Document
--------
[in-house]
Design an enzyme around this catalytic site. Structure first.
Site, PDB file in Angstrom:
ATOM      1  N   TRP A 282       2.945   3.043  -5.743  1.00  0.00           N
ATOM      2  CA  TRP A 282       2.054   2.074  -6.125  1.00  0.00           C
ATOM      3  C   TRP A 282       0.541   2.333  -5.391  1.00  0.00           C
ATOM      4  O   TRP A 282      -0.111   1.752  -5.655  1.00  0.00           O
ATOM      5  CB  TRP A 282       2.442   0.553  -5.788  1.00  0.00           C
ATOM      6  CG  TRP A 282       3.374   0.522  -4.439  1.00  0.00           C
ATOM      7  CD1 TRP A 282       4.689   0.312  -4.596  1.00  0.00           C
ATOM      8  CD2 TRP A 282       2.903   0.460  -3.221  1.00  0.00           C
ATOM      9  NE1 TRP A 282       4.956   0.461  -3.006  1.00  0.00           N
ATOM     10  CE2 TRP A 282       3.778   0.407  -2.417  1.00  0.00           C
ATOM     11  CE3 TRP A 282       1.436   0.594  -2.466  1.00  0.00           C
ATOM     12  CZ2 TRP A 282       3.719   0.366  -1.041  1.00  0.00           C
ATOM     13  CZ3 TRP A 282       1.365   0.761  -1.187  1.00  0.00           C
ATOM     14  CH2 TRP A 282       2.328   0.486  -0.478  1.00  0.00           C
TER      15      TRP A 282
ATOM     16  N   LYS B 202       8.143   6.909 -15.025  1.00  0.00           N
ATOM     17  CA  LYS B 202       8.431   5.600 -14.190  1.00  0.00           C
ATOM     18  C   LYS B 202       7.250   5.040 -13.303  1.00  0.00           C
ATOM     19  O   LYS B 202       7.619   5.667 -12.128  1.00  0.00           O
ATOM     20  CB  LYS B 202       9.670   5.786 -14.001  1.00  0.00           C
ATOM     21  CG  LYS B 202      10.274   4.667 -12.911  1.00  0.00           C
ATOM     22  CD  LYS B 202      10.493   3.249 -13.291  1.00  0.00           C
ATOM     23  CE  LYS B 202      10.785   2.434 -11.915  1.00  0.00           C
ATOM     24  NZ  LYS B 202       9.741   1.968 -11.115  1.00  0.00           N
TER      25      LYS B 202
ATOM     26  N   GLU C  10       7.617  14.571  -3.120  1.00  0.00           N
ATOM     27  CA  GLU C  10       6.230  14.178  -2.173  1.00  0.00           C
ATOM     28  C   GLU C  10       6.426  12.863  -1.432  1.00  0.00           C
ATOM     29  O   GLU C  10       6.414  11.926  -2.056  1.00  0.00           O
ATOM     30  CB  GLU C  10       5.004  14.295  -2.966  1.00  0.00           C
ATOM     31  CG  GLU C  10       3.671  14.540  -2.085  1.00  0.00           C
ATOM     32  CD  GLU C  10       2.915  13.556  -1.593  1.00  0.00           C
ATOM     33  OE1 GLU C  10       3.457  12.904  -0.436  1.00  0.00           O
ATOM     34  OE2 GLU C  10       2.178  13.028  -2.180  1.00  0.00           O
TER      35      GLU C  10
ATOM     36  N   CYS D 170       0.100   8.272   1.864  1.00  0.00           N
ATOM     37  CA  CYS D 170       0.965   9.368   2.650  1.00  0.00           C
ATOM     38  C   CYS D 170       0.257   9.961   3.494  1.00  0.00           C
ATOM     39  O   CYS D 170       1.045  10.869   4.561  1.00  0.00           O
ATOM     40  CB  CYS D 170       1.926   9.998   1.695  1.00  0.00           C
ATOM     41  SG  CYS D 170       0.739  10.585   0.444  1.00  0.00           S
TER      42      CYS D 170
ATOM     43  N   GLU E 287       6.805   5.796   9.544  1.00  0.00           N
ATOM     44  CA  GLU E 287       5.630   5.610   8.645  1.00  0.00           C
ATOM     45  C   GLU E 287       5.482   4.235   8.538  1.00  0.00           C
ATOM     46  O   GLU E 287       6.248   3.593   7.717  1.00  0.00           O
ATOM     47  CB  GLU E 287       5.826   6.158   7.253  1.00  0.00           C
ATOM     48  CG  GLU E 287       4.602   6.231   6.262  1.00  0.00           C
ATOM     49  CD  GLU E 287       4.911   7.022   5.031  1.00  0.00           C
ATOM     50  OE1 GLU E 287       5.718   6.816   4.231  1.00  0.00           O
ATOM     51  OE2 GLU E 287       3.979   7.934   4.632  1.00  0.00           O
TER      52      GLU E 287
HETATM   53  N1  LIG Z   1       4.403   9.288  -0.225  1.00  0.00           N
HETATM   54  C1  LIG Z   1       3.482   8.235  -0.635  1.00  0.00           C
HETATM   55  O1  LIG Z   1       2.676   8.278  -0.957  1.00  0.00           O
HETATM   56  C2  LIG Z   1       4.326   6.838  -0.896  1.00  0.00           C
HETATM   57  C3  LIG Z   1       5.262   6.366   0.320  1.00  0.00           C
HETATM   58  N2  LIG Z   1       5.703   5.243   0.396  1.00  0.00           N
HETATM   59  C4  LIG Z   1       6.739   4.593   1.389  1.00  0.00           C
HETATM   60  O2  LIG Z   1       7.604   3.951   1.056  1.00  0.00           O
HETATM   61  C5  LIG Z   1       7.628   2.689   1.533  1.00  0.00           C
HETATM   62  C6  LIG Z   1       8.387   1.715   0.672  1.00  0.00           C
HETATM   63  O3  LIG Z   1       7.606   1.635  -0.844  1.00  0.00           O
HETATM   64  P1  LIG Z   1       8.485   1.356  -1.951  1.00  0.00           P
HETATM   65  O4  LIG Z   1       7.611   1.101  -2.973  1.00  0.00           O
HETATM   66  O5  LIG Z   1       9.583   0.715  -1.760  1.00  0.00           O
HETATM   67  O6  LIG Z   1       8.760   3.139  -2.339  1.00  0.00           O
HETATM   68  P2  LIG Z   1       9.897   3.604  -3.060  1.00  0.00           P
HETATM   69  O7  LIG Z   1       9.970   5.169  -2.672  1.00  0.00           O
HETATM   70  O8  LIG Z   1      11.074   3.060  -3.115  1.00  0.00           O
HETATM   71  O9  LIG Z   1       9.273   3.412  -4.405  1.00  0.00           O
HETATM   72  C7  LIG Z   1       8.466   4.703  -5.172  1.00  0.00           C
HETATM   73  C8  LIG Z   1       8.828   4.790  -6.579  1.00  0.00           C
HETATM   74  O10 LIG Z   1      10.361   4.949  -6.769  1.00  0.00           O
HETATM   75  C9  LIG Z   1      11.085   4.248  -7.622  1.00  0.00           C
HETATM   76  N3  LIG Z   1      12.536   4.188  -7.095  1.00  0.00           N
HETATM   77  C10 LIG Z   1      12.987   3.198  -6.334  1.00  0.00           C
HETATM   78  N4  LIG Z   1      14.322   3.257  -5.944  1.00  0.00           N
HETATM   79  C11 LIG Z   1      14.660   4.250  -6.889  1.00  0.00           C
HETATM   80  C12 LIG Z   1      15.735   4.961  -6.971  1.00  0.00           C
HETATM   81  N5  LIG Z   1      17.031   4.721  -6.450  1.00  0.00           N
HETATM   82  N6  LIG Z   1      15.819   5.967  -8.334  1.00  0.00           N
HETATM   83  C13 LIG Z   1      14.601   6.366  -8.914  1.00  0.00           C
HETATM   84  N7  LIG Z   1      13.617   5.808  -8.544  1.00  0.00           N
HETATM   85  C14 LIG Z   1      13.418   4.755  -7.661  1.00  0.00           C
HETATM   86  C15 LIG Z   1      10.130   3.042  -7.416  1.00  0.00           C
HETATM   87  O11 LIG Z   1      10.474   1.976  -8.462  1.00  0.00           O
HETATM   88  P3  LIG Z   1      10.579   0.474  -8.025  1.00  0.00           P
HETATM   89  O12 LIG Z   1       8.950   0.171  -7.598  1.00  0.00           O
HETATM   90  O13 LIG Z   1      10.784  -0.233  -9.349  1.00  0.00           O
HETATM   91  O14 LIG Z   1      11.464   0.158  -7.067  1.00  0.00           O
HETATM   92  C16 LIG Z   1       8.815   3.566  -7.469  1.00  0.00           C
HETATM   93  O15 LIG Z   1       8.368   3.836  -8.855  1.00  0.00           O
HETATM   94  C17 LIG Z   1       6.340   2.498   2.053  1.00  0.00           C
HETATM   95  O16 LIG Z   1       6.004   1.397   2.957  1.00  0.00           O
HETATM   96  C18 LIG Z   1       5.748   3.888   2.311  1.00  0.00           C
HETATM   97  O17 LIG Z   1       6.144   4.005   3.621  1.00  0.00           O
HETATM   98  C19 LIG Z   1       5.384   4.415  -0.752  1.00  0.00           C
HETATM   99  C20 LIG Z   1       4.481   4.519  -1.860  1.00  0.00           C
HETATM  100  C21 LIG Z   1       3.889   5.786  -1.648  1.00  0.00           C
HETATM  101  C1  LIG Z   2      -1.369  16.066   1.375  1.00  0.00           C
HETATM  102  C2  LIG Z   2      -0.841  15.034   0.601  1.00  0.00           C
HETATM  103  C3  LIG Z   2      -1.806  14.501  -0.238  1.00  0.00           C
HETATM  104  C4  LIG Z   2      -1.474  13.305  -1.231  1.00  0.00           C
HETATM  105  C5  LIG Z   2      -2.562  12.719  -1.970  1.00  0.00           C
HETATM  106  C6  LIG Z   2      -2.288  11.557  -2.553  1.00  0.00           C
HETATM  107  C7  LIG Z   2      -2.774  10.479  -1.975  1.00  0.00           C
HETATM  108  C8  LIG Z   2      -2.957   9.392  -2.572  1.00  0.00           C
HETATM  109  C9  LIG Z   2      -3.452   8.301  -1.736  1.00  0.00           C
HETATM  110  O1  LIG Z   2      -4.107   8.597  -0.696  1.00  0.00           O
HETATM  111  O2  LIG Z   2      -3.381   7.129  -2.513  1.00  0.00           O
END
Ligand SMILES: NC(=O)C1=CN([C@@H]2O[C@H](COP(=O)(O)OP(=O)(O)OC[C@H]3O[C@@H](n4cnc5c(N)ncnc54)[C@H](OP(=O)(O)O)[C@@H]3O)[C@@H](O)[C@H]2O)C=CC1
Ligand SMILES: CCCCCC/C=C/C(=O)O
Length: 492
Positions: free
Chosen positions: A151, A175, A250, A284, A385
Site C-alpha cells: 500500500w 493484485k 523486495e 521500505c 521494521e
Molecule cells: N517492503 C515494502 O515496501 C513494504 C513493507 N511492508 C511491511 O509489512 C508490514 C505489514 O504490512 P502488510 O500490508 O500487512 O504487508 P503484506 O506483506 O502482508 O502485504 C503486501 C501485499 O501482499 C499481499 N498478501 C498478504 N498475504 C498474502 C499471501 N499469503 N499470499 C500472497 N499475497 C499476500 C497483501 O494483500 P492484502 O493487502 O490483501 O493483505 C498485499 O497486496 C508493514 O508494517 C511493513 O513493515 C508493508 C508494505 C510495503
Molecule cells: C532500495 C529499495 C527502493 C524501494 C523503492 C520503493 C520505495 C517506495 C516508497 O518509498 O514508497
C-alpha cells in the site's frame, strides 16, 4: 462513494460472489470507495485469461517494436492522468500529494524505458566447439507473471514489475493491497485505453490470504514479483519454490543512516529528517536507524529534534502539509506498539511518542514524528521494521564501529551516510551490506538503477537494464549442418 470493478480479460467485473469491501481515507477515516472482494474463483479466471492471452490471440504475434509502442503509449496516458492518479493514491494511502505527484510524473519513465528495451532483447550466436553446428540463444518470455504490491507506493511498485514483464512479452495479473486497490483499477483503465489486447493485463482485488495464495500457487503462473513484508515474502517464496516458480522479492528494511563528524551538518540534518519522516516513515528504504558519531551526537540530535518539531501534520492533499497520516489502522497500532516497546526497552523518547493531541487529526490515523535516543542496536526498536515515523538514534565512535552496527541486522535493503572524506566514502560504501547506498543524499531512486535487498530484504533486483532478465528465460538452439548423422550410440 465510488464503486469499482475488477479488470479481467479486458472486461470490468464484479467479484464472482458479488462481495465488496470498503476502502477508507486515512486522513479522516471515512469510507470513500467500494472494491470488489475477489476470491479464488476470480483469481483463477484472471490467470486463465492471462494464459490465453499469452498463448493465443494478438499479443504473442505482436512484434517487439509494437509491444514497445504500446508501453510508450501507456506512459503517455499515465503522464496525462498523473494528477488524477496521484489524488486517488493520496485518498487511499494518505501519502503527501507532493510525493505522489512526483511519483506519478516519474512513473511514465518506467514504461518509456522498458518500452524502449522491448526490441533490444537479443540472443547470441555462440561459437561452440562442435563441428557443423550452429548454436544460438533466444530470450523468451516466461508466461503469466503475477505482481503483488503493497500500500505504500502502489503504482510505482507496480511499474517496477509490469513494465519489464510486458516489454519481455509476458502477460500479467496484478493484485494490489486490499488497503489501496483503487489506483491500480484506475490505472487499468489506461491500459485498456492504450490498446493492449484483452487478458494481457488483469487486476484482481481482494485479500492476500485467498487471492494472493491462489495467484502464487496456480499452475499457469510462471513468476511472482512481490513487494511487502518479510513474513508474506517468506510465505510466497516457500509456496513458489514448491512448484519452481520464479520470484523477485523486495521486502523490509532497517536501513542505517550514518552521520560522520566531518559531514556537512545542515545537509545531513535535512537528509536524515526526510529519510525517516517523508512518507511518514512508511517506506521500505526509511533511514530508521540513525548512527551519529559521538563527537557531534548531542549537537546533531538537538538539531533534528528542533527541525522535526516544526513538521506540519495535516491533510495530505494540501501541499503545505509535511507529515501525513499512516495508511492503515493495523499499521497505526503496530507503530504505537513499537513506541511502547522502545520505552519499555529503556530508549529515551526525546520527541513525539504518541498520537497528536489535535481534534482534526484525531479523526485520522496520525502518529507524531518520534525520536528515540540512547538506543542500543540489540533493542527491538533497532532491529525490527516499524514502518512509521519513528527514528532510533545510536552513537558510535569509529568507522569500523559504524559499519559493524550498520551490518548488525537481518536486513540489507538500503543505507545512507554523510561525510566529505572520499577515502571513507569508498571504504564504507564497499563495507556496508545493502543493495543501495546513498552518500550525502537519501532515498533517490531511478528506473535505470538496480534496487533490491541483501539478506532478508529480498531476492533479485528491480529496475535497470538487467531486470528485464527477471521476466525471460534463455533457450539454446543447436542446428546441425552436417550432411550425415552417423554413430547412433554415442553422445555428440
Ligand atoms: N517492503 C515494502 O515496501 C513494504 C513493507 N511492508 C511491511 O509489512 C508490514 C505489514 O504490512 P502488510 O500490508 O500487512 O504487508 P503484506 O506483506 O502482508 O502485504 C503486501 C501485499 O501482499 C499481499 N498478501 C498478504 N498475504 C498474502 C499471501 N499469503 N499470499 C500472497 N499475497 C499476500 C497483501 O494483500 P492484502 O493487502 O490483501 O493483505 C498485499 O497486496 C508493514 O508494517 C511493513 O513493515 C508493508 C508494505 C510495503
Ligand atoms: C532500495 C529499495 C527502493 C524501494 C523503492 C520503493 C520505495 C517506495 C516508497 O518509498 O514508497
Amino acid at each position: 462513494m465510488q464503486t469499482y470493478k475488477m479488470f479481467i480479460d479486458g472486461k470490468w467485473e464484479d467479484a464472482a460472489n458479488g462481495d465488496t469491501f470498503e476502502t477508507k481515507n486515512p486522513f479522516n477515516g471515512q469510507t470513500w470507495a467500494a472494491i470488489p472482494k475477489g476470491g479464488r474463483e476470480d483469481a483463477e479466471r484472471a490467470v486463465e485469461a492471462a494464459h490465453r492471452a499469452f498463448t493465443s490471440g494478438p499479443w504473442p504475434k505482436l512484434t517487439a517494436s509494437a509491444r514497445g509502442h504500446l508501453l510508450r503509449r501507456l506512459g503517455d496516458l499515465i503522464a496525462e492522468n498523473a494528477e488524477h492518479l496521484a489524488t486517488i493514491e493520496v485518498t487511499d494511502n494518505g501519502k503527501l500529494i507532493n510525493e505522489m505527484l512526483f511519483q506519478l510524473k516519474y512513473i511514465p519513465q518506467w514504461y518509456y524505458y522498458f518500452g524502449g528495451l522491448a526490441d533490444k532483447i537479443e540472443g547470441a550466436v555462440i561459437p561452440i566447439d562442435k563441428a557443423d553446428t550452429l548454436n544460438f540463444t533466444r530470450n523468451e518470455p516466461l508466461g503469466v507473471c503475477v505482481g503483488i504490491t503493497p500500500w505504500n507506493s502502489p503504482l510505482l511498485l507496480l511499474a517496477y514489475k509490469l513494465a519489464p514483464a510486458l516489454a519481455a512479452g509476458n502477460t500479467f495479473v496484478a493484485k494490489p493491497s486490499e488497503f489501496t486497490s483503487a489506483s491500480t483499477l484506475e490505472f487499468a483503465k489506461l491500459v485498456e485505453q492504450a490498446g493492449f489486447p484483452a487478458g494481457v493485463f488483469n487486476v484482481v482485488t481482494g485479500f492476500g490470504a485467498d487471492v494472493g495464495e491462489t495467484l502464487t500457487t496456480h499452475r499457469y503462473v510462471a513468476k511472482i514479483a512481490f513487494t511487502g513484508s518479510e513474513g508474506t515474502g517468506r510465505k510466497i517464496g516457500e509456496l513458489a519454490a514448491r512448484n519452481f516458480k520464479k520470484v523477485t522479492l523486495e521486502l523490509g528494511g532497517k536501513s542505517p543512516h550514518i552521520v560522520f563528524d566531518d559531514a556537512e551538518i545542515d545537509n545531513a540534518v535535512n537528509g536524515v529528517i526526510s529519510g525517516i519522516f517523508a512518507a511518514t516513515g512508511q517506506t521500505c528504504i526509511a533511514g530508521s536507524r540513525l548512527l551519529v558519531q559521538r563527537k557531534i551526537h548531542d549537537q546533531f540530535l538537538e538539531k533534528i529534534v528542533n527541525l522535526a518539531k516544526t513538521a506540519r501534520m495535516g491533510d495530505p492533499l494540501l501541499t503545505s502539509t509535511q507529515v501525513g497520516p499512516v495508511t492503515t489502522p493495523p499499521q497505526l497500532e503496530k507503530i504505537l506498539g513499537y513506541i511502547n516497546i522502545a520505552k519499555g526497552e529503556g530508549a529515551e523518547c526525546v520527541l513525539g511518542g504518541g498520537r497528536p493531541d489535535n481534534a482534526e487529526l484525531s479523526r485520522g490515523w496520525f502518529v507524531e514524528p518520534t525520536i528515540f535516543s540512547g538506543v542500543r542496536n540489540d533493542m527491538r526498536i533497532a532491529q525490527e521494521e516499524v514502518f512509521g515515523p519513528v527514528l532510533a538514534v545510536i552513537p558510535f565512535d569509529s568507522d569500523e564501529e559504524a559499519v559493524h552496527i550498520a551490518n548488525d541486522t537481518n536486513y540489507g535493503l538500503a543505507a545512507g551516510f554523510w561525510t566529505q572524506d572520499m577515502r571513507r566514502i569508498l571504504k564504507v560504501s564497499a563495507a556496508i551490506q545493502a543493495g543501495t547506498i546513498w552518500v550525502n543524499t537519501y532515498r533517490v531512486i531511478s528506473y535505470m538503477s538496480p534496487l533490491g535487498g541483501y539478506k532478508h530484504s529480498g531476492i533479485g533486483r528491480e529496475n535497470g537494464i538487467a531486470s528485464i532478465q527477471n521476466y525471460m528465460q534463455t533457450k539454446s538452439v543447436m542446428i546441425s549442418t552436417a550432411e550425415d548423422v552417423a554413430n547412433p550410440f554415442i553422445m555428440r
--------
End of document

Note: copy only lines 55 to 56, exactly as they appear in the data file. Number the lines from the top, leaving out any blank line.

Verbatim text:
TER      52      GLU E 287
HETATM   53  N1  LIG Z   1       4.403   9.288  -0.225  1.00  0.00           N